Seized by the Jerks: Shakers, Spirit Possession, and the Great Revival




Of the many dramatic embodied religious exercises that spread across the trans-Appalachian frontier and southern backcountry during the Great Revival (1799–1805), none drew more astonished commentary or more virulent opposition than “the jerks”: involuntary convulsions in which the subjects' heads lashed violently backward and forward. Nearly a century before the derisive phrase holy roller was coined to describe the ecstatic worship practices of Holiness and Pentecostal evangelicals in Appalachia, the subjects of these extraordinary fits were known as “Jerkers.” Drawing on more than two hundred published and manuscript accounts, this article examines the origins and controversies surrounding the infamous jerking exercise. Letters and journals composed by three Shaker missionaries during their 1805 “Long Walk” to the trans-Appalachian frontier provide especially vivid descriptions of the jerking phenomenon. The jerks emerged late in the Great Revival among Scots-Irish Presbyterians in east Tennessee and spread rapidly throughout the southern backcountry. While ministers, physicians, and skeptical laypeople denigrated the jerks as a nervous disorder, others understood the convulsions as a form of spirit possession in which the Holy Spirit violently wrenched reluctant sinners into the new birth. Not only did the jerks fuel the explosive growth of the earliest Shaker communities in the west, they also influenced the development of the distinctive regional religious culture that scholars have termed Appalachian mountain religion.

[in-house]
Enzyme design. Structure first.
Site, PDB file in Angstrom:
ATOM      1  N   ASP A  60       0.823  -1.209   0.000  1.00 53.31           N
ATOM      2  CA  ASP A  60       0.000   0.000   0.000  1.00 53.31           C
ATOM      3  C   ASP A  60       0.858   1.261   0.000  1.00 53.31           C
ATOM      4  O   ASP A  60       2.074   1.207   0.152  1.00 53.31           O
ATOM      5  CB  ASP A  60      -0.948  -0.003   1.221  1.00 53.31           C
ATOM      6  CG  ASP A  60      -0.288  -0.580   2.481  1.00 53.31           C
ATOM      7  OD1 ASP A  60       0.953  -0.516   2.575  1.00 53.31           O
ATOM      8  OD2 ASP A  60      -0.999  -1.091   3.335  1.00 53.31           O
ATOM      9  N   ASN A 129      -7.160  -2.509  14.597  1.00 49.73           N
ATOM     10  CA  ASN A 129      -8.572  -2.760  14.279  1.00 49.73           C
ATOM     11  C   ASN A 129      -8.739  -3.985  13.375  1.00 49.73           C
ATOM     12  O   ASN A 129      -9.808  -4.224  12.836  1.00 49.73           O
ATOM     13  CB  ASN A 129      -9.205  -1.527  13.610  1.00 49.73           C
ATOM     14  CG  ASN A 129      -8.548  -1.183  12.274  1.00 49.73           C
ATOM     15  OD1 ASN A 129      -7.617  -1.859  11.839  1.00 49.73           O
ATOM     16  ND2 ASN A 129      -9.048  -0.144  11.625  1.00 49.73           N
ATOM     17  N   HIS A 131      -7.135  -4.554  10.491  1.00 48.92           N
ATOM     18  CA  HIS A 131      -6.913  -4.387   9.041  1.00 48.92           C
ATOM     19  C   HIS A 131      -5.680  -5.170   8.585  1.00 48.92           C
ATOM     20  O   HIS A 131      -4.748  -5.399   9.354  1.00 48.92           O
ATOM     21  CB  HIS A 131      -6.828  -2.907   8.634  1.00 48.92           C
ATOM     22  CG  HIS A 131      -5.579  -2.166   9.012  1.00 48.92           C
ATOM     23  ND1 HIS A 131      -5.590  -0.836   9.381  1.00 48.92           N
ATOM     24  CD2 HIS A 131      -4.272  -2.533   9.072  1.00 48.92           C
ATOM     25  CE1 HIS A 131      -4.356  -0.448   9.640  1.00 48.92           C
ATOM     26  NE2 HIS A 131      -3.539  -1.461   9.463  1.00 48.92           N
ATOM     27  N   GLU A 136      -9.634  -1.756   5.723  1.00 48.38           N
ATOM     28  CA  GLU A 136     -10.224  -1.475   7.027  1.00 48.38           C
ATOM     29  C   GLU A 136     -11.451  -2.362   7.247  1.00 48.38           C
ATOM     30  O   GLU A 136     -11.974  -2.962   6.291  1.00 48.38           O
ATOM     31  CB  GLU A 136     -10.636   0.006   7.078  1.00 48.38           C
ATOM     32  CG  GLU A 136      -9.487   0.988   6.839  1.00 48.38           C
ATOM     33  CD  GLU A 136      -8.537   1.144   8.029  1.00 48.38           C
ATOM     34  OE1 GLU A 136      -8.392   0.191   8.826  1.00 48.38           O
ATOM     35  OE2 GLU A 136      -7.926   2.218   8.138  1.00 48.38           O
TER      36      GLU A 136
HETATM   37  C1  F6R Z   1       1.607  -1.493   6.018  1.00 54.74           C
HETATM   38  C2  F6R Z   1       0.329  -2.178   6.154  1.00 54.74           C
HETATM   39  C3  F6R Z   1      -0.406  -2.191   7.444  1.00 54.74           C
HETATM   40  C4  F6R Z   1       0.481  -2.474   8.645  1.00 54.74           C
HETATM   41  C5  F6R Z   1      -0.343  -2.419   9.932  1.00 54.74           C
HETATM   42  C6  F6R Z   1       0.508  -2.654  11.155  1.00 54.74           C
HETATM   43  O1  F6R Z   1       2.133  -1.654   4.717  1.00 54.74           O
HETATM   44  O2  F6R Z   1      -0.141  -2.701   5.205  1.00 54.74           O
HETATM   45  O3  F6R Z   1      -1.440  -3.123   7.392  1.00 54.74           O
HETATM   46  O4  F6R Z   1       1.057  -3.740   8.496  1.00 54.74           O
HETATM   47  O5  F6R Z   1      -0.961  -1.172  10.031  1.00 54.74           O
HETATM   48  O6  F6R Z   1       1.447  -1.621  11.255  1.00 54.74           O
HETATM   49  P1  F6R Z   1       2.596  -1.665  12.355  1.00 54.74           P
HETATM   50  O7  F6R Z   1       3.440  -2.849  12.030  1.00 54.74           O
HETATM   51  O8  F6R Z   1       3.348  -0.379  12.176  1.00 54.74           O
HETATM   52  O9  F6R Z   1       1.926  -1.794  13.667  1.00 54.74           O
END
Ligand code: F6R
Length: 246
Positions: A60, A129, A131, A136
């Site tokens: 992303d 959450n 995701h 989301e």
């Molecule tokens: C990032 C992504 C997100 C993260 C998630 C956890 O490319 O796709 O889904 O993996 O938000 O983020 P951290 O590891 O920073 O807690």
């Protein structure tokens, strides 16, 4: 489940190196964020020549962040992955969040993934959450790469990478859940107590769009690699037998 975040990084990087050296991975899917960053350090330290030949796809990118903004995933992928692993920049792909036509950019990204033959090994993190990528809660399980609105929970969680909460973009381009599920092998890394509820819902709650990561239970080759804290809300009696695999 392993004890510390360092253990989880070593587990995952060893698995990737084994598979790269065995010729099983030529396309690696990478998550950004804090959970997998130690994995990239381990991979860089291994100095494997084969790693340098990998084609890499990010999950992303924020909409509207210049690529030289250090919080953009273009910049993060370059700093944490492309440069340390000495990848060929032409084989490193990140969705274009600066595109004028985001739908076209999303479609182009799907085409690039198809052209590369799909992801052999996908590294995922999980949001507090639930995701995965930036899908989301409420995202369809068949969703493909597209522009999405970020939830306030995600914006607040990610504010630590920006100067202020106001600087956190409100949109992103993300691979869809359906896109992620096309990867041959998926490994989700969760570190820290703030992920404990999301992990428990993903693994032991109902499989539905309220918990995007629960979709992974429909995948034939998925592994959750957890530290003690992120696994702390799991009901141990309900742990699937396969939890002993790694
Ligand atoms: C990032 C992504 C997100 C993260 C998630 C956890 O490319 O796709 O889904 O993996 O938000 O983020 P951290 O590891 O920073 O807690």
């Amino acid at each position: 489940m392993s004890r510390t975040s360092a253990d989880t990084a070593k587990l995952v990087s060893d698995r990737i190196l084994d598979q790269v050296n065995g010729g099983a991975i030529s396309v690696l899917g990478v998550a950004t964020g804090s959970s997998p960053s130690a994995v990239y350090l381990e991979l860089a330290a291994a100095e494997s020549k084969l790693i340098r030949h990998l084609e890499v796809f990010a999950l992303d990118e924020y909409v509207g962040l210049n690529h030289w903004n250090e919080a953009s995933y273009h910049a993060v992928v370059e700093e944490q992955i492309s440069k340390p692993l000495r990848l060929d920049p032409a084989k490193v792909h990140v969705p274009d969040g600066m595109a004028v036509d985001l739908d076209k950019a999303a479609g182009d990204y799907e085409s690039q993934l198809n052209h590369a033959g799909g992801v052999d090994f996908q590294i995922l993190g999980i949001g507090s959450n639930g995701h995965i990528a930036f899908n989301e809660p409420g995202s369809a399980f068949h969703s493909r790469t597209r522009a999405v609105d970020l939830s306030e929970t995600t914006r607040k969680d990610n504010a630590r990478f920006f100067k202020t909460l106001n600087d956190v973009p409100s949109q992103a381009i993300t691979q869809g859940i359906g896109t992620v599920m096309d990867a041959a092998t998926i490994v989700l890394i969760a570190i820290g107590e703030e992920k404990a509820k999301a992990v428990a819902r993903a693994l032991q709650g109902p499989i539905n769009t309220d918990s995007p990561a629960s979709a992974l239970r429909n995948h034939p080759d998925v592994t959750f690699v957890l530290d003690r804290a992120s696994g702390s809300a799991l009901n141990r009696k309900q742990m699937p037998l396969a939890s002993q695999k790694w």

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Copyright © 2019 Omohundro Institute of Early American History and Culture. This article first appeared in The William and Mary Quarterly 76:1 (2019): 111-150.

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Citation Example for Article (Chicago):

Winiarski, Douglas L. "Seized by the Jerks: Shakers, Spirit Possession, and the Great Revival." The William and Mary Quarterly 76, no. 1 (January, 2019): 111-150.